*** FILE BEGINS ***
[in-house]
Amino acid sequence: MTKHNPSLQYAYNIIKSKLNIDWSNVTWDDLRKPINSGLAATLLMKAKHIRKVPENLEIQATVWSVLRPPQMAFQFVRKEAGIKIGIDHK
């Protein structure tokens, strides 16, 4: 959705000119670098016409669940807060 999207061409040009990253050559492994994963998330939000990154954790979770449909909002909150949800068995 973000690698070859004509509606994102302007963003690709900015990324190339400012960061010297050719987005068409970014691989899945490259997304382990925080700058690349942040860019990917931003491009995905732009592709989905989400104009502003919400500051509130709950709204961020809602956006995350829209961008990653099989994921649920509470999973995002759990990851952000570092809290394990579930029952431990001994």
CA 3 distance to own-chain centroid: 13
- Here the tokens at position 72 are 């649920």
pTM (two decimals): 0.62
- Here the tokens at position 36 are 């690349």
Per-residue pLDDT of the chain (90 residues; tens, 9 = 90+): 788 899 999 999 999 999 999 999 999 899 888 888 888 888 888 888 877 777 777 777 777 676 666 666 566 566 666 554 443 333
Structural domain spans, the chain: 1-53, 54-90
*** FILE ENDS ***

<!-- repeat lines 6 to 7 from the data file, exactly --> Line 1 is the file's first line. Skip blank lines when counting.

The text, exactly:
pTM (two decimals): 0.62
- Here the tokens at position 36 are 């690349």